Coconut Palm: The Tree of Life

We’ve often seen rows of coconut trees in movies and TV shows where some guy is stranded on a deserted and tropical island. But do you know that almost all the parts of a coconut tree can be used? In the Philippines, the coconut tree is nicknamed “The Tree of Life.” If you were really deserted on an island, all you need is a coconut tree to survive. Take a look at what you can do with this palm tree, from its roots to its branches.

If you’re stuck on an island and you badly need a toothbrush, don’t reach down for sand; pull out some coconut roots instead. It might sound icky, but it does the job better. Just make sure the roots are tattered and soft enough to rub on your teeth. And if brushing your teeth isn’t enough, you can also extract the juices from the coconut root to have your own mouthwash.

Building a boat or a raft is a must-do for anyone stuck on an island, and the coconut trunk is the perfect material. Many craftsmen and carpenters prefer working with coconut trunks because they are very strong and durable – have you ever noticed how coconut trees sway with the wind and don’t break? Because they tend to be long and straight, all you might need to do is cut the trunks vertically in half, tie them together, make a sail, and head on towards home. To tie your raft together, coconut branches are just the thing. Coconut branches are strong but flexible, and they don’t break apart even when immersed in saltwater.

Want to feel like a real pirate and have a gulp of rum? Have a drink of coconut wine instead. If you’re skilled enough, you can extract the sap out of the trunk and ferment it as wine, termed “tuba” or “lambanog” in the Philippines. You’ll be sure have a jolly good time passing the time on the island.

Coconut WinePhoto: indichick7

Coconut leaves, on the other hand, can make for a very good straw hat. And if you’re tired of sleeping on the cold sand and hard rocks, you can weave the leaves into a sleeping mat, which can doubles as a roof or a shelter if it’s too hot or wet. Here’s a plus: if you use the midrib, the central vein which holds the leaves together, as cooking skewers, any food you grill will come out smelling fresh and tropical.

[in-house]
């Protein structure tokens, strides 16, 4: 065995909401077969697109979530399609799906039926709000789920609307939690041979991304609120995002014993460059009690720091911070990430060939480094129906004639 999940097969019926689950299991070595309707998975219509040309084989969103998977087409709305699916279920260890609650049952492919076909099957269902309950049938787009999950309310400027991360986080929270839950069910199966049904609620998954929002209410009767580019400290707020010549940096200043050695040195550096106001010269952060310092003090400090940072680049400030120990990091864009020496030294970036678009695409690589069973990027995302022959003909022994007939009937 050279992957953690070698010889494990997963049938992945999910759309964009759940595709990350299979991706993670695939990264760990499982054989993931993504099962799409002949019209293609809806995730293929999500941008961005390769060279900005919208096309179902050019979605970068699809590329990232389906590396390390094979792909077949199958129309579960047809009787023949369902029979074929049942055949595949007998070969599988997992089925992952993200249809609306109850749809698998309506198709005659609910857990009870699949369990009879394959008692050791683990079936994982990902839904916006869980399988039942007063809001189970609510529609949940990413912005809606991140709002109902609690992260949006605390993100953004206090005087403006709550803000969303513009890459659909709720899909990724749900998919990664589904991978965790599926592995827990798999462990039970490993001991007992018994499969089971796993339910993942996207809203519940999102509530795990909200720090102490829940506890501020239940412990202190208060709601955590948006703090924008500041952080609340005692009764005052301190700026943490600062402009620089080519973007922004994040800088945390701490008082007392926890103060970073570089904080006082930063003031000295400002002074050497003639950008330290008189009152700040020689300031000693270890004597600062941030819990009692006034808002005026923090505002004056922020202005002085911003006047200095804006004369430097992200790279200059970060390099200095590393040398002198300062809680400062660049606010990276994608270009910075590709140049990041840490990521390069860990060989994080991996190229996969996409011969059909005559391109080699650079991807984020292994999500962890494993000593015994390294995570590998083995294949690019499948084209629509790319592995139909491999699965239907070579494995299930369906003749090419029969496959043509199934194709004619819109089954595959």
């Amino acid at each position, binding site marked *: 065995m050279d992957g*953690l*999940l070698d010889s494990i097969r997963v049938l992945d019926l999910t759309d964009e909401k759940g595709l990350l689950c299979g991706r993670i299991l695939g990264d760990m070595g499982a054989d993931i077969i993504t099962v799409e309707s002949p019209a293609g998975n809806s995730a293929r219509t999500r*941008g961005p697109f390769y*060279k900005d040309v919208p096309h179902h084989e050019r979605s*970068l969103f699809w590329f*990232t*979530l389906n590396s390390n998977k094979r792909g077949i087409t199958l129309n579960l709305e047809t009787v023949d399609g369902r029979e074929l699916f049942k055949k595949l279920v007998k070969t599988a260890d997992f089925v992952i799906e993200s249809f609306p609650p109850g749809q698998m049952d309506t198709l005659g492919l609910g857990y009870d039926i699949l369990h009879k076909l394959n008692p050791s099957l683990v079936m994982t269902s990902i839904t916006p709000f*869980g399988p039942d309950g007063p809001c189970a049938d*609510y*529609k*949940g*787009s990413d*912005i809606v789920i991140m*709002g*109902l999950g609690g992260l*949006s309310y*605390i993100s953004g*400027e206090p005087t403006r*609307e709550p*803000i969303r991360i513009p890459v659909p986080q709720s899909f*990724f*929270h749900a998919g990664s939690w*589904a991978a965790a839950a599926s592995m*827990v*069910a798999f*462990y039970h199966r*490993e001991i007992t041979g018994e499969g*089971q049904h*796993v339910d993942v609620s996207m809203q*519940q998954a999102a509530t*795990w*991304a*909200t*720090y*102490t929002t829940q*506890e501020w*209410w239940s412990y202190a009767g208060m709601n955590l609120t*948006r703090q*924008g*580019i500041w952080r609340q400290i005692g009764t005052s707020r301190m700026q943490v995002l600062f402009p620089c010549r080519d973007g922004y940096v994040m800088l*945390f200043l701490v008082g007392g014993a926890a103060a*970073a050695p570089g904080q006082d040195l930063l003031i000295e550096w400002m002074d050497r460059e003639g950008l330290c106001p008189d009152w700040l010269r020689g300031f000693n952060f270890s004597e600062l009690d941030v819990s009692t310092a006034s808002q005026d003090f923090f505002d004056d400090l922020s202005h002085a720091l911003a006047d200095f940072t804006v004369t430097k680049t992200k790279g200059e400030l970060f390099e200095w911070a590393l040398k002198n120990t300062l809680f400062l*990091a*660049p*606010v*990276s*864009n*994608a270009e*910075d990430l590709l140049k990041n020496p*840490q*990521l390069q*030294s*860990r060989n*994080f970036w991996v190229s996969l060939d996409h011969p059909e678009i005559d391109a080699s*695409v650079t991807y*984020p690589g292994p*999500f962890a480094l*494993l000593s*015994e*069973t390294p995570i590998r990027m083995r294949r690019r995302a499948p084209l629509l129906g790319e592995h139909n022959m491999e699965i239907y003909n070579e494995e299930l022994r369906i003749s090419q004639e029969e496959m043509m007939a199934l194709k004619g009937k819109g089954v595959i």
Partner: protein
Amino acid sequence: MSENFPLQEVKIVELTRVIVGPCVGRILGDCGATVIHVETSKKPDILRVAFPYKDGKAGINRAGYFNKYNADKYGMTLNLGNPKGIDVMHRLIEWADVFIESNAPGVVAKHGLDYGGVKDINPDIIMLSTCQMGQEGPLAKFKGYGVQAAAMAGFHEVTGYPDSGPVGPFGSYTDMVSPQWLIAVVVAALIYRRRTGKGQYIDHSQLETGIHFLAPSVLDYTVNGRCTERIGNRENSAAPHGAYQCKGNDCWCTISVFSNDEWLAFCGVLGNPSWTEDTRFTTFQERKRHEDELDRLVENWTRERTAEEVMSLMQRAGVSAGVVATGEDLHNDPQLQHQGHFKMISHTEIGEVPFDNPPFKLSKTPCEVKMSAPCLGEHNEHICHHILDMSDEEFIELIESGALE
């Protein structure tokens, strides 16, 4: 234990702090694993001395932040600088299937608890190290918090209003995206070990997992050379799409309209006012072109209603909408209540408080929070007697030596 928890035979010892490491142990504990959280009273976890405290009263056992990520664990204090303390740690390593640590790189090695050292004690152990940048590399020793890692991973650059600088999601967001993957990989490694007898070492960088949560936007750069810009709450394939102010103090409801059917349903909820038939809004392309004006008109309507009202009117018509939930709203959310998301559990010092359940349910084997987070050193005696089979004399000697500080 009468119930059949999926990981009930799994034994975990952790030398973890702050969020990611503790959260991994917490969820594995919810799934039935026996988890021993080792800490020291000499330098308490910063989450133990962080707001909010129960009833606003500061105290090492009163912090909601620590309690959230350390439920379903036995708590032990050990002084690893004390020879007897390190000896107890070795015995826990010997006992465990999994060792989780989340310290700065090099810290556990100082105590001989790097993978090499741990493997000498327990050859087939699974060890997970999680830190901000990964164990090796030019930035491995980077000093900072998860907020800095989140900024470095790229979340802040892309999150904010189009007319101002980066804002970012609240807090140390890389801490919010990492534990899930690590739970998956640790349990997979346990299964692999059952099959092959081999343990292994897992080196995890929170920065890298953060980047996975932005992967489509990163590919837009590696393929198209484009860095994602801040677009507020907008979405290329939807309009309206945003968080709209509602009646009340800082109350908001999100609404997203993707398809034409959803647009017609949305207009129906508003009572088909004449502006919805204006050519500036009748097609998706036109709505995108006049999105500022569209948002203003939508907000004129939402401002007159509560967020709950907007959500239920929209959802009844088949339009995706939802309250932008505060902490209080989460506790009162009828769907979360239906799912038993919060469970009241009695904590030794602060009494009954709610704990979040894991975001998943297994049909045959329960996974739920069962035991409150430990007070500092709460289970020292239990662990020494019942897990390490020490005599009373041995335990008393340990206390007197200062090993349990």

Woven LeavesPhoto: sarahemcc

Being stuck on an island will probably make you hungry, and that’s where the coconut fruit comes in. The coconut fruit basically looks like a really big, hairy seed, but inside is a fleshy, white substance you can readily scoop out and eat.

The coconut meat is used to make candies, pastries, and even ice cream. Heating the meat will also extract the oil, which can be used for cooking, and even moisturizer for the hair and skin. Today, coconut oil is even being explored as a potential biofuel.

One exotic way of extracting the oil from the meat is heating it with milk instead of water, producing coconut milk. Thai cuisine is particularly known for including coco-milk in almost all their dishes. Another thing inside the coconut fruit is its water, which is slightly sweet-tasting. You can also ferment the water to make coconut wine, or vinegar. And if you’re having problems going to the loo, coconut water will surely get “it” out from you, because it is a natural laxative. You can also replace your sports drink with coconut water, because it also restores isotonic electrolyte balance in your body after a strenuous work-out, or in this case, after you’ve built your coconut raft.

Coconut JuicePhoto: linksmanJD

Because coconut water is very nutritious, you can also use it to flush out urinary stones, as a growth tonic, or even a substitute for dextrose. And oh, you can also use the hairy exterior of the coconut fruit as a fire-starter, so you can SOS any rescue team nearby to come and get you.

Who knew the coconut tree has so many uses? No wonder it’s called the “Tree of Life.” So the next time you go vacationing, you better make sure it’s somewhere with lots and lots of coconut trees in it, in case you get stuck on an island on your own!